Waves

  • Created by: AMcL1
  • Created on: 28-05-19 14:50

Properties of Waves

  • Transverse Wave - A vibration causing the wave to be at right angles to the direction of energy transfer (side to side). The energy is carried outwards by the wave. These include examples of water, light and secondary waves.
  • Longitudinal Waves - A vibration causing the wave to be parallel to the direction of energy transfer (back and forth). The energy is carried along the wave. These include examples of sound and primary waves.
  • Measuring Speed - In water, measure the speed of waves in a ripple tank, and in air, use echoes.
  • Period - The time taken to produce one complete wave.
  • Frequency - The number of waves per second.
  • Amplitude - The maximum disturbance of the wave from its rest position.
  • Wavelength - The disance from one point on a wave to the same point on the next wave.
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Light

  • Reflection - Where the wave bounces off of the surface.
  • Refraction - Where waves change direction at a boundary.
  • Transmitted - When a wave passes through the object.
  • Absorbed - Where the wave passes into but not out of an object, transferring energy to it and causing it to heat up.
  • Light refracts as it slows down in a denser substance.
  • Angle of incidence (i) = Angle of reflection (r)
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Sound

  • Hearing - Between the frequencies of 20 and 20,000 Hz, longitudinal waves cause the ear drum to vibrate. These vibrations are amplified by three ossicles which creates pressure in the cochlea. This is how we hear sound. Below 20Hz and over 20,000Hz the frequencies are out of the range of the human ear.
  • When sound waves travel through different mediums, the frequency always stays constant.
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Waves in the World Today

  • Seismic Waves - These are produced by earthquakes. Primary seismic waves are longitudinal, fast and they travel through solids and liquids. Secondary seismic waves are transverse, slow and they only travel through solids. Seismographs are used to show the primary and secondary waves arriving at different times. By using the times that the waves arrive at the monitoring centres, the epicentre of the earthquake can be found.
  • Ultrasound - These waves are partially reflected off of the boundary and are used for medical and foetal scans.
  • Sonar - These waves are reflected off of objects and are used to determine the depth of objecst under the sea.
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Electromagnetic Spectrum - Part 1

  • Electromagnetic Wave Spectrum - The continuous spectrum of tranverse waves. Short wavelengths have a high frequency and high energy (e.g gamma).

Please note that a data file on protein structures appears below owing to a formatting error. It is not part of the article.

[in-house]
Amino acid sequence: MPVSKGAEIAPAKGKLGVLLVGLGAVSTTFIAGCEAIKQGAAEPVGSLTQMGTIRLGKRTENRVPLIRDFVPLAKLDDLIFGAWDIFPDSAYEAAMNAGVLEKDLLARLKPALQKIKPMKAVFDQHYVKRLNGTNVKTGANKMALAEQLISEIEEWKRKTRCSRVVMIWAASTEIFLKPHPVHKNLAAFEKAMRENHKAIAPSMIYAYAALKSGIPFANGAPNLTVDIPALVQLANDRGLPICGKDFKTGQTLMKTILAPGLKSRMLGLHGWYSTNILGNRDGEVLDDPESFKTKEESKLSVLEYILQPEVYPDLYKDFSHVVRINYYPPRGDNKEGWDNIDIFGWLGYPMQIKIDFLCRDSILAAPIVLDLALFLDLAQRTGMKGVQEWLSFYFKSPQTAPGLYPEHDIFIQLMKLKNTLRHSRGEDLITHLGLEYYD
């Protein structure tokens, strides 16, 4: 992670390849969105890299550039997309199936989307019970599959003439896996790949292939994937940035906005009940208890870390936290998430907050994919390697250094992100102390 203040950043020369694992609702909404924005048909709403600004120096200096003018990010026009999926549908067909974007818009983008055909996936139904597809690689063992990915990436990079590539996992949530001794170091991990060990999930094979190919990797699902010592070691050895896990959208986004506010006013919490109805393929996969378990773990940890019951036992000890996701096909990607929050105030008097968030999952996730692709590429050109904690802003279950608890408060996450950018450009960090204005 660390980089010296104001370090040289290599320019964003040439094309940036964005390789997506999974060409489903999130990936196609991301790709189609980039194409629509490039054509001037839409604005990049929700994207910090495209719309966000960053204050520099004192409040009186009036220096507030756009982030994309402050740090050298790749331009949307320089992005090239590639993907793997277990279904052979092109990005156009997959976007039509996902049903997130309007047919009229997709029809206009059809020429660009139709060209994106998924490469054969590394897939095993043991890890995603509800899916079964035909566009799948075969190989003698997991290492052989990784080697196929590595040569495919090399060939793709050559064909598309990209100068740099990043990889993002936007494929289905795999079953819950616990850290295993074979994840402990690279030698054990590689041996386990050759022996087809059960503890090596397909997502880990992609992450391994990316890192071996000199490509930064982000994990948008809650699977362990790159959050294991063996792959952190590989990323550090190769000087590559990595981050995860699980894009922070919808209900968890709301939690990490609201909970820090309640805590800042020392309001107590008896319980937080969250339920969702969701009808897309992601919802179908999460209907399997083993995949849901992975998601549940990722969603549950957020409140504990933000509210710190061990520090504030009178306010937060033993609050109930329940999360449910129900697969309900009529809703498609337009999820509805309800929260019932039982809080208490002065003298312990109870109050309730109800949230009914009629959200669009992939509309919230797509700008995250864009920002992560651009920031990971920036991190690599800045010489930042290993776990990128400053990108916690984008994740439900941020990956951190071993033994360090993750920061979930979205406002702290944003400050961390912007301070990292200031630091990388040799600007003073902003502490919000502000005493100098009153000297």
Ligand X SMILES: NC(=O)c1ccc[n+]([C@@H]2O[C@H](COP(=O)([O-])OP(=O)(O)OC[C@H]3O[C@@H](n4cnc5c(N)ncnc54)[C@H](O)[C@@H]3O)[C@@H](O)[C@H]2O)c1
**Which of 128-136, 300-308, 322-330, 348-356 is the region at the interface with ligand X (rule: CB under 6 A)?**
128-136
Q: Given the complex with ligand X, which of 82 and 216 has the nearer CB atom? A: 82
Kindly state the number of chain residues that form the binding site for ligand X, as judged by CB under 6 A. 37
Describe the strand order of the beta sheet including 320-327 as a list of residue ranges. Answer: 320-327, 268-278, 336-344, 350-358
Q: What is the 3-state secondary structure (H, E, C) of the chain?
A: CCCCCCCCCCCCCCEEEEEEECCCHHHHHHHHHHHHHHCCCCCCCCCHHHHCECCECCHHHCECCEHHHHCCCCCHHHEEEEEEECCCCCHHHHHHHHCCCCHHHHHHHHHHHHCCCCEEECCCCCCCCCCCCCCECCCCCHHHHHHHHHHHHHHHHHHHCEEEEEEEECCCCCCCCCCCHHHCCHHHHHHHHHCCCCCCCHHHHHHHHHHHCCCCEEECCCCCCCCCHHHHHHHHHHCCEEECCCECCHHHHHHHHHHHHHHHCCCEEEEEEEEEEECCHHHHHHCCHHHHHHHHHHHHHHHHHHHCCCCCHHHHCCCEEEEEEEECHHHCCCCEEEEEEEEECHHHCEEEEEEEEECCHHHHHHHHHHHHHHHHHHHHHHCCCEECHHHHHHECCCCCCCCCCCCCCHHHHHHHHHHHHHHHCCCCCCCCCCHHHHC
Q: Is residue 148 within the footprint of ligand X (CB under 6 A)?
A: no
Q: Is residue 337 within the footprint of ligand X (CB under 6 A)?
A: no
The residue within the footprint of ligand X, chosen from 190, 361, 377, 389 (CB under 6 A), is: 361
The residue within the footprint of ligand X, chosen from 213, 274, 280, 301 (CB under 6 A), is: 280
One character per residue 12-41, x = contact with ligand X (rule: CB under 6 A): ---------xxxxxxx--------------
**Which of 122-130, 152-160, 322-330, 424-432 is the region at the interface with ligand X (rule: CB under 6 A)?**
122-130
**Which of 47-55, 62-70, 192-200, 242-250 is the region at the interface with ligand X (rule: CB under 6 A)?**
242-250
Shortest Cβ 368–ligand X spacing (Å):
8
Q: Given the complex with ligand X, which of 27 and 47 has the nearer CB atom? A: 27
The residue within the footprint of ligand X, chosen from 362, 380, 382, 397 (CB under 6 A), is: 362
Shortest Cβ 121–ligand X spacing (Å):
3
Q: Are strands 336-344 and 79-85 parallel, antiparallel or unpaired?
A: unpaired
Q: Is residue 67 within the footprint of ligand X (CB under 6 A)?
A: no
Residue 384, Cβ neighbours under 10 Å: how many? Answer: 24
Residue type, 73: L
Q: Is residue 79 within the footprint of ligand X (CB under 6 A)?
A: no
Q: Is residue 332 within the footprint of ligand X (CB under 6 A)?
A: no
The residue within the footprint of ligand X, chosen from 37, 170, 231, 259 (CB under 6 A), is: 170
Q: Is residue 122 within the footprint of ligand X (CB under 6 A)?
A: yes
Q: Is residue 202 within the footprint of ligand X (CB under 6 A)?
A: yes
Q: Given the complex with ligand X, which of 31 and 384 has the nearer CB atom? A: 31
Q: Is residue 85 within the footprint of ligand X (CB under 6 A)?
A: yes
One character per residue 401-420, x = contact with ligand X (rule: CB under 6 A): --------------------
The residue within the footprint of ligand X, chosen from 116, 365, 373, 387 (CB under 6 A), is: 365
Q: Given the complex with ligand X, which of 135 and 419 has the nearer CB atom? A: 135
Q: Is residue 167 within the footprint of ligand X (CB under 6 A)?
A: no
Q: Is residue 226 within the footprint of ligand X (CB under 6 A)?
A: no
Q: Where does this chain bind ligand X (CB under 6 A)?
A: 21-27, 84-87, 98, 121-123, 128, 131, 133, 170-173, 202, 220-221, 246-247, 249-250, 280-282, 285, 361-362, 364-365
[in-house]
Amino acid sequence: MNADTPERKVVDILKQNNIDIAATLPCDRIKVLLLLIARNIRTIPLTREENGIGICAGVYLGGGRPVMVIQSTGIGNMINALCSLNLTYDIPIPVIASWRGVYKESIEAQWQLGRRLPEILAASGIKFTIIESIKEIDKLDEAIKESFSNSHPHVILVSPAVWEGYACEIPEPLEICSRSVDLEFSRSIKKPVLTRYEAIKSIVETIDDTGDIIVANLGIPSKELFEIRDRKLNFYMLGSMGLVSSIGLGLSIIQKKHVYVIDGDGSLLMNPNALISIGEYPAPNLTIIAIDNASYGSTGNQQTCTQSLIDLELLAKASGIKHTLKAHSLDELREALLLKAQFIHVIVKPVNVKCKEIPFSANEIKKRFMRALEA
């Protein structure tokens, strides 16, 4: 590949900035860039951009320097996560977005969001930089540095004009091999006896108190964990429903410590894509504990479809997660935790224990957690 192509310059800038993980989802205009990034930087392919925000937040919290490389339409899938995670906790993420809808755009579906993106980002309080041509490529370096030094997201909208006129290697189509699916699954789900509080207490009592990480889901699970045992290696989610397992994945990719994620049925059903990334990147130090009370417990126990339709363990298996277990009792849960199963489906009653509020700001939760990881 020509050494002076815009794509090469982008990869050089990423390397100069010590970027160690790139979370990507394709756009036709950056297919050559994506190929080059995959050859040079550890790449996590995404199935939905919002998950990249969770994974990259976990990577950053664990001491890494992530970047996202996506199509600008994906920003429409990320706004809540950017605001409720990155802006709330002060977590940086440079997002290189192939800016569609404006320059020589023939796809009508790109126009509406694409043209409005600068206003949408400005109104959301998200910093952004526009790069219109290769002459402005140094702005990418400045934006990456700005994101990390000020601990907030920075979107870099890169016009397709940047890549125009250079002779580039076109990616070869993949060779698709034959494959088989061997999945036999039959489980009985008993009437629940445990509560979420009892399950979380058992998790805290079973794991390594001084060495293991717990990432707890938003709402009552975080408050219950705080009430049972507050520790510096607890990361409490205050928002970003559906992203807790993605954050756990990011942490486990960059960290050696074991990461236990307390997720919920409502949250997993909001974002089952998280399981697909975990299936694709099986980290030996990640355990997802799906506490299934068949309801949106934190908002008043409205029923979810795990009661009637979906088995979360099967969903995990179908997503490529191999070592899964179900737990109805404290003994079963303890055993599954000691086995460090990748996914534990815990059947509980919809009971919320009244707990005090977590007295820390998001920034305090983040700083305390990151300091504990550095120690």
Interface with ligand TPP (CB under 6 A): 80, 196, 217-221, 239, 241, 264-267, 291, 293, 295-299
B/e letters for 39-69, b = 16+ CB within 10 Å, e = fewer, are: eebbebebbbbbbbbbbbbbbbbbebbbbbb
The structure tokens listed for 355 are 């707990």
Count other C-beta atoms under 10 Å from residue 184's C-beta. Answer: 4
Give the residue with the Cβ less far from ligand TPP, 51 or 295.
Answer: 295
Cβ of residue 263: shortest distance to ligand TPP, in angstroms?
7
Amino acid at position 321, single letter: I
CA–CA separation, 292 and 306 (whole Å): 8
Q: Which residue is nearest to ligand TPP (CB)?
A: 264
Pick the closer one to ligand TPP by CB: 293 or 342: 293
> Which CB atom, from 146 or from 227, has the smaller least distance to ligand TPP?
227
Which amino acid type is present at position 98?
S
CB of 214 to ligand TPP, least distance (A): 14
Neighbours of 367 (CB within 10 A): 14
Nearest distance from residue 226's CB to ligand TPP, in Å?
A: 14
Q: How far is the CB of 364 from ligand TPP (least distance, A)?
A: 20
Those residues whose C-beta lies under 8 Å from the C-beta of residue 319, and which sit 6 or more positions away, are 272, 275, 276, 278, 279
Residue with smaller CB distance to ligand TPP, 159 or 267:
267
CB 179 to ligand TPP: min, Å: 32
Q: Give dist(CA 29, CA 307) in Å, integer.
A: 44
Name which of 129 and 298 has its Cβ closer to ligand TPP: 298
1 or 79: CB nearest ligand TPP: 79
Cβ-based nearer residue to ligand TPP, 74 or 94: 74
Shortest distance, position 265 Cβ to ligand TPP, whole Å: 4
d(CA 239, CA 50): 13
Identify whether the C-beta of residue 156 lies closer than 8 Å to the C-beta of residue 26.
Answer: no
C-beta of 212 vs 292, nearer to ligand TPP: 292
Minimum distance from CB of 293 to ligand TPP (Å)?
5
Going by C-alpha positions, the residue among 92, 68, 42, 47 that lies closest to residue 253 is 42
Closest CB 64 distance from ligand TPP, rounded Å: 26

• Absorbed light changes into thermal energy stores. Different types can be seen below.
  • Black Surfaces - These are good emitters and good absorbers.
  • White Surfaces - These are poor emitters and poor absorbers.
  • Shiny Surfaces - These are good reflectors.
  • The waves at the beginning of the elctromagnetic spectrum have a low frequency and a long wavelength, meaning they have less energy. In comparison, the waves towards the end of the elcetromagnetic spectrum have a high frequency and a short wavelength, meaning that they have more energy.
  • Electromagnetic waves refract.
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Electromagnetic Spectrum - Part 2

  • Radio - These are safe and are used for communications, TV and radio.
  • Microwave - These can burn if they are concentrated, and are used in mobile phones, cooking and satellites.
  • Infrared - These can also burn if they are concentrated and are used in heating, remote controls and cooking.
  • Visible Light - These can cause damage to eyes and are used for illumination, photography and fibre optics.
  • Ultraviolet - These can cause sunburn and cancer, but are used in security marking and disinfecting water.
  • X-Ray - These can cause cell destruction, mutation and cancer. They are used to detect broken bones and also in airport security.
  • Gamma - These can also cause cell destruction, mutation and cancer, and are used for sterilising and detecting and killing cancer.
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Lenses

  • Image Size = Actual Object Size x Magnification (I=AM)
  • Convex Lens - Can show real or virtual images.
  • Concave Lens - Can only show virtual images.
  • 2F = Image is the same size, upside down and real.
  • 2F - F = Image is larger, upside down and real.
  • < F = Image is bigger, the right way and virtual.
  • Specular - This is flat surface reflection.
  • Diffuse - This is rough surface reflection.
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Black Body Radiation

  • Black Body Radiation - This is where all objects absorb or reflect infrared radiation. Objects that are hotter emit more infrared radiation. 
  • Constant Temperature - This is where the rate of absorption is equal to the rate of radiation. Both the intensity and wavelength of energy affects the temperature.
  • Earth and Global Warming - Ultraviolet, visble light and infrared radiation penetrate the atmosphere and heat up the earth's surface. From here, the longer wavelengths are radiated back, trapped by the atmosphere. This means that the rate of energy lost is not the same as the rate of energy being absorbed and so the earth heats up.
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Equations and Units

  • Wave Speed = Frequency x Wavelength (V = f x lamda)
  • Wave Period = 1 / Frequency (T = 1 / f)
  • Speed = Distance / Time (V = d / t)
  • Distance - Metres (m)
  • Wave Speed - Metres per Second (m/s)
  • Wavelength - Metres (m)
  • Frequency - Hertz (Hz)
  • Period - Seconds (s)
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